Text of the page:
Fredrik B. March 10, 2016
Well, regular cream doesn't keep any longer than milk does, which is 8 days. Cream with the additive carrageenan keeps for a month.
 
ReisTanzi March 21, 2017
Be careful storing salad greens at the back of the fridge! The back of mine is colder than the front, and I have to be careful to keep delicate produce closer to the front to avoid freezing!
 
Ann R. March 9, 2016
Once the local Farmer's Market opens, I begin buying berries and peaches. I freeze them on a cookie sheet and then transfer them to freezer storage bags. I save them for fall and winter when prices begin climbing.
 
EL March 9, 2016
Rather strange that fresh veggies diced and then frozen are not mentioned above. I do a lot of that, including things such as rhubarb. I also freeze any fresh fruit that I don't eat. It thaws pretty quickly. I also freeze roasted peppers and corn. In fact, I've found that pretty much anything can be frozen (even some soft cheeses (contrary to what one is told)) although that takes experimentation. For instance I freeze feta. I also freeze cream cheese (although only a particular brand which I've found doesn't get watery or grainy). I don't freeze cottage cheese or yogurt as they keep pretty well in the fridge. So I freeze a lot of single servings to be reheated later. Much better than store bought frozen meals.<br /><br />I put leftover celery and green onions and large bunches of herbs such as cilantro in water and leave them in the window sill (they are lovely as well as functional). <br /><br />I make yogurt in small (10 oz) jars (left over from jam) and then have single servings for snacks or dessert whenever I want. <br /><br />I absolutely freeze all bread as I've found that it gets moldy a lot faster than I can eat it. It's so simple to defrost (a few secs in the microwave) that I never have a problem with it. I freeze leftover rice if I'm not going to use it within a week, but I run my fridge as cold as possible without freezing.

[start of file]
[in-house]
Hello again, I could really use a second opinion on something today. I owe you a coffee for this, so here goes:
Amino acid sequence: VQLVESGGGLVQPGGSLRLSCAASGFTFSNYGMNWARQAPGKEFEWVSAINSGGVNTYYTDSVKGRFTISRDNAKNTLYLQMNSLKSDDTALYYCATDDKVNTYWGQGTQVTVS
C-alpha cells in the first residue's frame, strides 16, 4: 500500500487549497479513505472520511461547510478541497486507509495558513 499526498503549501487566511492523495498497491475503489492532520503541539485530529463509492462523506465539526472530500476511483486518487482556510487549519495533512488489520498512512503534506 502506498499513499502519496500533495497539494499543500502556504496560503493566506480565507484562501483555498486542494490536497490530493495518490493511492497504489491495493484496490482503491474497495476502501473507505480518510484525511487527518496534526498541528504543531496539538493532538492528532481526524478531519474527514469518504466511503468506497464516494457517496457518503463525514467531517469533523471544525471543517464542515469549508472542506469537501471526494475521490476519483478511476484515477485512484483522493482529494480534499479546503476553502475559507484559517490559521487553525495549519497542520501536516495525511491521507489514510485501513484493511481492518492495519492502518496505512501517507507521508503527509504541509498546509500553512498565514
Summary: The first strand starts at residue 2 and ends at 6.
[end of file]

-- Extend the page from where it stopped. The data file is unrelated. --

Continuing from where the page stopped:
Smaug March 8, 2016
Never heard of keeping uncut onions or garlic in the refrigerator. Definitely tomato paste in a tube. They also sell various herb pastes in a tube; seems like a good idea, but the ones I've tried were lousy; fortunately, I'm able to keep herbs in the form of plants, which keep very well for the most part.-
 
Greenstuff March 8, 2016
Tomato paste in a tube has a best-by range of about 45 days in the refrigerator after it's opened, and it remains safe to eat much longer than that. Plus, you can use as much or as little as you want.
 
henandchicks March 8, 2016
Indeed! I have found, too, that the taste of the tube is much nicer than the canned product.
 
Fredrik B. March 8, 2016
Refrigerators are hell on rice. Freeze it in portions, rice reheats very well. Just moisten with a few tablespoons of water, cover, and put it in the microwave. (Unless you have a rice cooker with a reheat option, of course, but that's a given.)
 
Vivian |. March 8, 2016
Great tips! Love the cookie dough on demand.